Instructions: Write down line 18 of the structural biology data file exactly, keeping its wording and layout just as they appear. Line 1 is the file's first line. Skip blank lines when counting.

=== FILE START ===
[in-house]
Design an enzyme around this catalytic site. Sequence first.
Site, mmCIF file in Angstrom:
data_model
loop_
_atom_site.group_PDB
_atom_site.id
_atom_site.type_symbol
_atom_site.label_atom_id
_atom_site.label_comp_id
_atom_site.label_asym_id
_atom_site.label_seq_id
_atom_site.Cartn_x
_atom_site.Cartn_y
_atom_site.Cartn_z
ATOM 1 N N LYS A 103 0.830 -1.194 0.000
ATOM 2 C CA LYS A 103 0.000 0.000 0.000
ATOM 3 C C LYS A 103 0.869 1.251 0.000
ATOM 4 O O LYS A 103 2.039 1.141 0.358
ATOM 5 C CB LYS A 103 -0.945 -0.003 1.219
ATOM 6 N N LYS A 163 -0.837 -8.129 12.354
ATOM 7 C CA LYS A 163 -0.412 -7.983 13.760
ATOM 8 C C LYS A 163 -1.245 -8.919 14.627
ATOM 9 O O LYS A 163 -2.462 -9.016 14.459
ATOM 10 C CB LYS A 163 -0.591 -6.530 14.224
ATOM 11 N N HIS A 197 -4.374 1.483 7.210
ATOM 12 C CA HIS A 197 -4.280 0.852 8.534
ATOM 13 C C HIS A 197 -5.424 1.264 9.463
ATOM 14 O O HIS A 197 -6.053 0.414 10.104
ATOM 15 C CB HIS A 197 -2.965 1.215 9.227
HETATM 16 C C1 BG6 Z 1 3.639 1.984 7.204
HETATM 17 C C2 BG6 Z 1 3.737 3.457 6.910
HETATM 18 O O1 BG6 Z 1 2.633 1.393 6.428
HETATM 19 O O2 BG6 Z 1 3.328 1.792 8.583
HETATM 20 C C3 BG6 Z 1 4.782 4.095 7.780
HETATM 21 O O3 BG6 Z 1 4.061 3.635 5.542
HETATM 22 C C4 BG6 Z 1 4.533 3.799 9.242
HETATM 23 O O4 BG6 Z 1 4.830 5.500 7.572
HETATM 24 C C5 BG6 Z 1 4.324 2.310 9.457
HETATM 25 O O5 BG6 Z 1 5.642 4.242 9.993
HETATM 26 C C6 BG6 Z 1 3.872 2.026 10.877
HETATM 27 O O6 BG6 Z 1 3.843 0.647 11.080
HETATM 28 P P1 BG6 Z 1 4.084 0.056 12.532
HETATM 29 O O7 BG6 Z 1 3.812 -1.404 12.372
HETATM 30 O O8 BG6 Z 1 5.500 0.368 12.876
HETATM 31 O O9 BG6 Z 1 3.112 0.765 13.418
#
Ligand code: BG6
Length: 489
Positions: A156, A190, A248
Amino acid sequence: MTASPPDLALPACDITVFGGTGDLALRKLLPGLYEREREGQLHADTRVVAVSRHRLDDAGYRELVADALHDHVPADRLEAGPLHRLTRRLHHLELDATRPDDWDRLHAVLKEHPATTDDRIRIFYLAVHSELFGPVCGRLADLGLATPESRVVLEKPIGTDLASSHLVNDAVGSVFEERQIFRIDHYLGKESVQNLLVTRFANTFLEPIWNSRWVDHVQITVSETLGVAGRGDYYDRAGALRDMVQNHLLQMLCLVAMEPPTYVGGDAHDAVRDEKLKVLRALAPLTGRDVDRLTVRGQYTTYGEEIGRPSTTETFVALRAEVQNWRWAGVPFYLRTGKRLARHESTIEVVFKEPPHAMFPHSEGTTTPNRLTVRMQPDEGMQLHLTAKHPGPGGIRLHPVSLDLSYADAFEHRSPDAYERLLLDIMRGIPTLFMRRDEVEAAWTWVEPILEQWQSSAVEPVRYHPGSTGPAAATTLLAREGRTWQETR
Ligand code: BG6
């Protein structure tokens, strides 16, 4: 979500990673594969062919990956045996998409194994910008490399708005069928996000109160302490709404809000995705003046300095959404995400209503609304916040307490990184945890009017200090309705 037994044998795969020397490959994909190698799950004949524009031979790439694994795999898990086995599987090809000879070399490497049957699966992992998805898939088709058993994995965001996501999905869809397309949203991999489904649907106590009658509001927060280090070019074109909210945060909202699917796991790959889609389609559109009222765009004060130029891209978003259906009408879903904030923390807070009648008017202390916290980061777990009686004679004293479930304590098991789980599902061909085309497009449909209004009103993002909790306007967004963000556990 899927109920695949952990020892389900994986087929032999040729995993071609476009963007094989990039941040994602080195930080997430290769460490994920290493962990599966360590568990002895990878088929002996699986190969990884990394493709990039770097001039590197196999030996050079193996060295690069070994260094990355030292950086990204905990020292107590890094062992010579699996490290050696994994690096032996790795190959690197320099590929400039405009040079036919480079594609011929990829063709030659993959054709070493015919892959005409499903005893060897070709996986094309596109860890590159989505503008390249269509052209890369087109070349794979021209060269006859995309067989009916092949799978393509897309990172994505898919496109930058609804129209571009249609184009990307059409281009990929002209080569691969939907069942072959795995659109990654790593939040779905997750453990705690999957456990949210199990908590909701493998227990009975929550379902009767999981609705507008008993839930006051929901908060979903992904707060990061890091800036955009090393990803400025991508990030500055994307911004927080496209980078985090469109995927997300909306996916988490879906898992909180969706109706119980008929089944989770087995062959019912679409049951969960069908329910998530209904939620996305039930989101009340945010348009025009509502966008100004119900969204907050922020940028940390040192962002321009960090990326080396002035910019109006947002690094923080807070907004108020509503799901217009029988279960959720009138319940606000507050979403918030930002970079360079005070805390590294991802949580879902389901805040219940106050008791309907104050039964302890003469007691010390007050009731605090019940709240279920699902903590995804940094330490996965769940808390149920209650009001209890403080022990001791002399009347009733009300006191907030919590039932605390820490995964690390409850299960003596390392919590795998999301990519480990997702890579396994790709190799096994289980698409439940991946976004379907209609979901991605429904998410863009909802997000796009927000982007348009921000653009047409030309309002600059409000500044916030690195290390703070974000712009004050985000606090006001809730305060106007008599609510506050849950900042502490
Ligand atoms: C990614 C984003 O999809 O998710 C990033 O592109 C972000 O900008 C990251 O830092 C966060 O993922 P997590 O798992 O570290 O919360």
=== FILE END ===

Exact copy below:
ATOM 3 C C LYS A 103 0.869 1.251 0.000